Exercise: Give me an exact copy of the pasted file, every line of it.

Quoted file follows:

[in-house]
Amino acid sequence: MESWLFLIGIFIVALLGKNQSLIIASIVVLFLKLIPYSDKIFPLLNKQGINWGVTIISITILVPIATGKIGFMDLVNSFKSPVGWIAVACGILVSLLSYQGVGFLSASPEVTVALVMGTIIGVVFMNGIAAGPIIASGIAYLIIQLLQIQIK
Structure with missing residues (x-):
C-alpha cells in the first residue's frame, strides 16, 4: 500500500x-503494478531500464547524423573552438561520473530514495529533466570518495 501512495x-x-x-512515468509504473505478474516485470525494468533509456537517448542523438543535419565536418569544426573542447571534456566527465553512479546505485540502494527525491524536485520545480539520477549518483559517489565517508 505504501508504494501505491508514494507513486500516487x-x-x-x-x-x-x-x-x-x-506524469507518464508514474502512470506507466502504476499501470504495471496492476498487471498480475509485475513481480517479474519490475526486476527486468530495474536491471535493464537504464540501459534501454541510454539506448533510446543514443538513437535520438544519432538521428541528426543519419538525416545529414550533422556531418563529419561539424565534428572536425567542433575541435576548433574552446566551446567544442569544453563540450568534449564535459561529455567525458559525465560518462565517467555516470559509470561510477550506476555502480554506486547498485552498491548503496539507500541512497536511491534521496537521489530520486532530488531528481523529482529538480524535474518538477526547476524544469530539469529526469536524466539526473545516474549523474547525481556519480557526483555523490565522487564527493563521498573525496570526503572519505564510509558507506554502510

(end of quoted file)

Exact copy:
[in-house]
Amino acid sequence: MESWLFLIGIFIVALLGKNQSLIIASIVVLFLKLIPYSDKIFPLLNKQGINWGVTIISITILVPIATGKIGFMDLVNSFKSPVGWIAVACGILVSLLSYQGVGFLSASPEVTVALVMGTIIGVVFMNGIAAGPIIASGIAYLIIQLLQIQIK
Structure with missing residues (x-):
C-alpha cells in the first residue's frame, strides 16, 4: 500500500x-503494478531500464547524423573552438561520473530514495529533466570518495 501512495x-x-x-512515468509504473505478474516485470525494468533509456537517448542523438543535419565536418569544426573542447571534456566527465553512479546505485540502494527525491524536485520545480539520477549518483559517489565517508 505504501508504494501505491508514494507513486500516487x-x-x-x-x-x-x-x-x-x-506524469507518464508514474502512470506507466502504476499501470504495471496492476498487471498480475509485475513481480517479474519490475526486476527486468530495474536491471535493464537504464540501459534501454541510454539506448533510446543514443538513437535520438544519432538521428541528426543519419538525416545529414550533422556531418563529419561539424565534428572536425567542433575541435576548433574552446566551446567544442569544453563540450568534449564535459561529455567525458559525465560518462565517467555516470559509470561510477550506476555502480554506486547498485552498491548503496539507500541512497536511491534521496537521489530520486532530488531528481523529482529538480524535474518538477526547476524544469530539469529526469536524466539526473545516474549523474547525481556519480557526483555523490565522487564527493563521498573525496570526503572519505564510509558507506554502510